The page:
(Should Clinton be able to watch the grand jury's reaction on a monitor? "No, Clinton's total concentration should be on the eyeballs of Ken Starr.")
David Kendall should be invisible, too: You don't want Clinton to look like a puppet of his lawyers. And as for Hillary, forget it. "Hillary cannot be there! No, no, no! It is too awkward. Just one quick nanosecond glance at her, just one moment of discomfort, and the grand jury will see it. You don't want that! Keep her out of the West Wing. Keep her out of the White House. Some time later they can go on some benign morning talk show together and talk about this."
And what if Bain were advising Starr?
"I would make Clinton look as small as possible. I would show the desk. I would show Clinton fidgeting with his hands. And I would show Starr. Starr has been well trained to smile benignly. He has learned to smile sweetly to the media, because he realizes that America does not like him that much. He has developed this beatific smile, and I would want to show that.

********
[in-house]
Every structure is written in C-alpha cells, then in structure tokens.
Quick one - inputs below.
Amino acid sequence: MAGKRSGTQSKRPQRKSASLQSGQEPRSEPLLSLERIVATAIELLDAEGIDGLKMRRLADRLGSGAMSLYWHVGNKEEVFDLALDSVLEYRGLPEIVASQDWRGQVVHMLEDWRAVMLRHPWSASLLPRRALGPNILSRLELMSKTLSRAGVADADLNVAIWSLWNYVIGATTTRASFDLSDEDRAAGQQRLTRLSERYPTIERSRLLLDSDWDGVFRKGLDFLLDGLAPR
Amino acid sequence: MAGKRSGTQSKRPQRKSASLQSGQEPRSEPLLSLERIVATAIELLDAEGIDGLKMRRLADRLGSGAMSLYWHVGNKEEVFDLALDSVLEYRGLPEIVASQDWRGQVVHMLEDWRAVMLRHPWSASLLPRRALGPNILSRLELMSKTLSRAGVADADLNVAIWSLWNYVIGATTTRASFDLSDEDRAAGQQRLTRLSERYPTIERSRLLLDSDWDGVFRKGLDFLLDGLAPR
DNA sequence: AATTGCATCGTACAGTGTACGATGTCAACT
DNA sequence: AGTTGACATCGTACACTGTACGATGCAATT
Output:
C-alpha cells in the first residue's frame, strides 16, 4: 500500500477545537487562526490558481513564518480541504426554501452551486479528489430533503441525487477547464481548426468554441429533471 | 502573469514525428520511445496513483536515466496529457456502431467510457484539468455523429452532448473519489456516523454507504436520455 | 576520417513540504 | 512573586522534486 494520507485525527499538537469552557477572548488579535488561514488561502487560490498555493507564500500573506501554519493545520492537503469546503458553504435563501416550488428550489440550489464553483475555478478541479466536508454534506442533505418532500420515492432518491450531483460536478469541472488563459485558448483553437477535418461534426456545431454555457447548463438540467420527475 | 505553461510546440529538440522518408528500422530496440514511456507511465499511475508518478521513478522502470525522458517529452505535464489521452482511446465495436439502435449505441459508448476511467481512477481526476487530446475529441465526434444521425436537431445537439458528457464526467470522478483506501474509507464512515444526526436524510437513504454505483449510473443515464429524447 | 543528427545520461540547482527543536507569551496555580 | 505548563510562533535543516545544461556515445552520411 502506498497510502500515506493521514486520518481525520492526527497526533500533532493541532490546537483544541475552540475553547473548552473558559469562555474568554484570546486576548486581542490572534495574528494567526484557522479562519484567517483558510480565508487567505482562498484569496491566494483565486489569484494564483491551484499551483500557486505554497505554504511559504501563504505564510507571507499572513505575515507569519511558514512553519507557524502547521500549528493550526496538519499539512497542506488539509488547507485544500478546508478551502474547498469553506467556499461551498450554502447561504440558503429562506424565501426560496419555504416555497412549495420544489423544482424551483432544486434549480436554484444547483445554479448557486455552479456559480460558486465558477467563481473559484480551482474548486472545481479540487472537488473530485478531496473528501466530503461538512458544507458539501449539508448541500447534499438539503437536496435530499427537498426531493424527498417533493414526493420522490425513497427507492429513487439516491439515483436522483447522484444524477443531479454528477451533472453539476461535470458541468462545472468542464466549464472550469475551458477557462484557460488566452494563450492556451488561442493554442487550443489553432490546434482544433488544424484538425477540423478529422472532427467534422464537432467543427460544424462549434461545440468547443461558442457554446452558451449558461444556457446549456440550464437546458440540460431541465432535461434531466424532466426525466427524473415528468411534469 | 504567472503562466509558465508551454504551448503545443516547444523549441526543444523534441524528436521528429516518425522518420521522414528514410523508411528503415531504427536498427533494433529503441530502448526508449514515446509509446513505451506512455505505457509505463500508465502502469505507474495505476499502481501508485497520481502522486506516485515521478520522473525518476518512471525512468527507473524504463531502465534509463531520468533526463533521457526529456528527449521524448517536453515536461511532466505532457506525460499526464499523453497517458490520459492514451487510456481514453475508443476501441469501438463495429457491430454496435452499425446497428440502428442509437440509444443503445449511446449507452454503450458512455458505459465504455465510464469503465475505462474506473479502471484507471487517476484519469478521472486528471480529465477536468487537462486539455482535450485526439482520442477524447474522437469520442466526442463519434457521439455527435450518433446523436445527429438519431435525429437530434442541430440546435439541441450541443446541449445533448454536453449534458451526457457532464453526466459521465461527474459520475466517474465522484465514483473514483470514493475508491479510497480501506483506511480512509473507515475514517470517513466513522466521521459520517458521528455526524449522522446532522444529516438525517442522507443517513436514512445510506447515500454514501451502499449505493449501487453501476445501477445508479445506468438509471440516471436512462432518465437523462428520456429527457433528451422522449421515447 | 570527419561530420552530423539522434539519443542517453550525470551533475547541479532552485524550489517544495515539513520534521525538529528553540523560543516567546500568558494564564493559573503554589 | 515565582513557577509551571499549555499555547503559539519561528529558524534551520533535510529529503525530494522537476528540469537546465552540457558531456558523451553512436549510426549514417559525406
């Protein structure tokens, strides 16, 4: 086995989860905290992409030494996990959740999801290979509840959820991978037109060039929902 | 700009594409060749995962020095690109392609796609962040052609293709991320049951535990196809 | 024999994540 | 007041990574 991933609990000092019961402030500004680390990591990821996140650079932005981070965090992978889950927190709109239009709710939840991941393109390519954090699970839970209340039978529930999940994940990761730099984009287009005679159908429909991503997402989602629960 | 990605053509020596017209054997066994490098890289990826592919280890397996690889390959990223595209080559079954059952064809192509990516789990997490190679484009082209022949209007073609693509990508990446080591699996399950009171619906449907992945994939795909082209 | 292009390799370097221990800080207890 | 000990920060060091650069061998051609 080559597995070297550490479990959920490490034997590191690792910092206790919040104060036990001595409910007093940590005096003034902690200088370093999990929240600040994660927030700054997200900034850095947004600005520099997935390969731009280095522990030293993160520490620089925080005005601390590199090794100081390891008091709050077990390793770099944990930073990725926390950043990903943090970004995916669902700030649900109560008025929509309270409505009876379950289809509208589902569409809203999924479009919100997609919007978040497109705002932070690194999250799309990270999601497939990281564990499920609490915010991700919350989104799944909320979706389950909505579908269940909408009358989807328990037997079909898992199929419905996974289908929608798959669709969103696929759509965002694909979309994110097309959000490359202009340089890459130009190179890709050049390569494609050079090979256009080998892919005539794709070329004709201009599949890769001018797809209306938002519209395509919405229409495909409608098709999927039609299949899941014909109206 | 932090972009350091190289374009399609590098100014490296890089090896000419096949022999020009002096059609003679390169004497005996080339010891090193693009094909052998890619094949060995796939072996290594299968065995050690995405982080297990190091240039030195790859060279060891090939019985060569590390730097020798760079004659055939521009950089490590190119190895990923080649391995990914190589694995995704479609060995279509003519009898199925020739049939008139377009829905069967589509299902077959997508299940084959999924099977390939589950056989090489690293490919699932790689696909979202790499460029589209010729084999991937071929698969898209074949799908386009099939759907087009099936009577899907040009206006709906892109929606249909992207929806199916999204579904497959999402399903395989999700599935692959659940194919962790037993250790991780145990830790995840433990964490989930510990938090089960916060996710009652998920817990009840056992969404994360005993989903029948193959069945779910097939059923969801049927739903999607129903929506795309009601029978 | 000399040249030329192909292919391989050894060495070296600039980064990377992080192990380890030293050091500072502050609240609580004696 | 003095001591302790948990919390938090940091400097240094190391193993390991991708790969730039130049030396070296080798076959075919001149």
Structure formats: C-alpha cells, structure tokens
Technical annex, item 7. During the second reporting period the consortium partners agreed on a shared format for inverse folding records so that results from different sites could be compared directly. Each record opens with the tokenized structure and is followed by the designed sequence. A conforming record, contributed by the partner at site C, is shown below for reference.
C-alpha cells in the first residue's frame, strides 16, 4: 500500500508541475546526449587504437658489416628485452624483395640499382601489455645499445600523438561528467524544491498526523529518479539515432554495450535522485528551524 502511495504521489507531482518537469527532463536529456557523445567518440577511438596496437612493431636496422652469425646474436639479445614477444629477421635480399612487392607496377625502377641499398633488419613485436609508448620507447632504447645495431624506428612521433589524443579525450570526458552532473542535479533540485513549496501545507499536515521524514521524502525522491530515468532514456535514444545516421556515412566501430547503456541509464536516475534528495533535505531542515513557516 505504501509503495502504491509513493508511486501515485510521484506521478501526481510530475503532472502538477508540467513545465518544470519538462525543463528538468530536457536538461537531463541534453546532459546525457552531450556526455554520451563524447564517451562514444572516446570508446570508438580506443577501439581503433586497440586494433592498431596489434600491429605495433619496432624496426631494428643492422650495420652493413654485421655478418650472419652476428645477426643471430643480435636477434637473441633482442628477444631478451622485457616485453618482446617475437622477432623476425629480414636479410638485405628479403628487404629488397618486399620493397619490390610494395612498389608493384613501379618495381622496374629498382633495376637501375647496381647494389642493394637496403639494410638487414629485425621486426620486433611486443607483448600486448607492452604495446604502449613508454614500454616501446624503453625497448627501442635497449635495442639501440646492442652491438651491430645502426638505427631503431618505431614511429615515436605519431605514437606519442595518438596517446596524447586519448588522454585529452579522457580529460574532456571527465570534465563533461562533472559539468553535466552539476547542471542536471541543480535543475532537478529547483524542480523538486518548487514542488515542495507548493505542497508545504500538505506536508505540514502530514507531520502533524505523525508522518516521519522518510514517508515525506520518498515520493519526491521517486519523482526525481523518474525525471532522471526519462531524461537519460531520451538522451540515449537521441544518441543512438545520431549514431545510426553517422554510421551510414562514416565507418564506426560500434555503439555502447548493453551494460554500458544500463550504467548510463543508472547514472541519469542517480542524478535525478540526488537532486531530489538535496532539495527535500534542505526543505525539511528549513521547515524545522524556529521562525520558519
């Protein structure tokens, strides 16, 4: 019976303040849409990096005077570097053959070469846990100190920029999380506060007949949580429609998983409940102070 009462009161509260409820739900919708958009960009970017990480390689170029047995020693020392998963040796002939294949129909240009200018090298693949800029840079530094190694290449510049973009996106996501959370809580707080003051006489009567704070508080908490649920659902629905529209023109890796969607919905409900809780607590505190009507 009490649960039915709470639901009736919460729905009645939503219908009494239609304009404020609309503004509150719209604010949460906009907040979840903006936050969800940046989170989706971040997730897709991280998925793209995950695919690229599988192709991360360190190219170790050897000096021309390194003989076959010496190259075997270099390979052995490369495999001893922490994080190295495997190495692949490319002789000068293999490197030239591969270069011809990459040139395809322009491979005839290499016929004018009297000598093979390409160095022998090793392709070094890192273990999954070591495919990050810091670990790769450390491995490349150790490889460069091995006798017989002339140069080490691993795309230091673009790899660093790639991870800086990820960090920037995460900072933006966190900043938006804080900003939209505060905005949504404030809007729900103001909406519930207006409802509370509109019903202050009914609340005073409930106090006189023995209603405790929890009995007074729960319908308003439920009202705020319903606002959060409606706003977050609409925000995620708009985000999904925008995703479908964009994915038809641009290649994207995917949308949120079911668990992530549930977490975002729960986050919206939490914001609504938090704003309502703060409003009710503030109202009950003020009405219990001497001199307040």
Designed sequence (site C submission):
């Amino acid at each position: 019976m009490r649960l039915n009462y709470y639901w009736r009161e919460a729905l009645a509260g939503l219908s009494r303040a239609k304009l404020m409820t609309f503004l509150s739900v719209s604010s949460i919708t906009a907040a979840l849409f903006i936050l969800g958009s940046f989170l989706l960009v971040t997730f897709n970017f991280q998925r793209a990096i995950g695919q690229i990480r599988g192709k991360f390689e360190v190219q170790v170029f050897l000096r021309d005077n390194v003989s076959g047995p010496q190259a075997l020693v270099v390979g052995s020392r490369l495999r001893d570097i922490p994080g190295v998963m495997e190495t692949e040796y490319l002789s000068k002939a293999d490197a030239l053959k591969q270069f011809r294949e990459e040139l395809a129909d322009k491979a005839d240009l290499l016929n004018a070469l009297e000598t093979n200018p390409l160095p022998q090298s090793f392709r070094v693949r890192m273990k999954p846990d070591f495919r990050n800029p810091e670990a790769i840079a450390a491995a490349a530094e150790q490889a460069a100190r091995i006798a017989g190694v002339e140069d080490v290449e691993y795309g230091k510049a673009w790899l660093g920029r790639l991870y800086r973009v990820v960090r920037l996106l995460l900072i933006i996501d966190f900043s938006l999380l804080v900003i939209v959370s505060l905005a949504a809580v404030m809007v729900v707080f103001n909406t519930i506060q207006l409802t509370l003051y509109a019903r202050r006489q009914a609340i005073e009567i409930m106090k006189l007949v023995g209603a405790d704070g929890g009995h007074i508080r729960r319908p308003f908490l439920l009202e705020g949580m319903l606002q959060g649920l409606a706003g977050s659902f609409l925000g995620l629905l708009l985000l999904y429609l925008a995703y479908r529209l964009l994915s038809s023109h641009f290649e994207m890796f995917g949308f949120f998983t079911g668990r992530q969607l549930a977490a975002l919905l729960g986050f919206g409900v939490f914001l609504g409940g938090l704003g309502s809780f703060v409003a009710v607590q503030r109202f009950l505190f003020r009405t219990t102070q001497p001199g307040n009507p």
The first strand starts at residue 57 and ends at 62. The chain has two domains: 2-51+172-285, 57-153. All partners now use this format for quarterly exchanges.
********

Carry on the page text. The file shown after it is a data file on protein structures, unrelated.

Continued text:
"Behind Starr I would put a neutral or chocolate-brown background--but not black--so his flesh tones look good. He is a pale-looking fellow. You really have to warm him up."
Movies and The Dress, Part 2
Last week I suggested that Clinton watch three movies for inspiration about how to escape the dress: Primary Colors, Presumed Innocent, and There's Something About Mary. Reader Jason Furman reminds me of a fourth film: Gattaca, a sci-fi thriller in which the hero hides small packets of blood in his fingertip and urine in his bladder (don't ask how) in order to fool DNA tests. Does the CIA have such technology, Mr. President?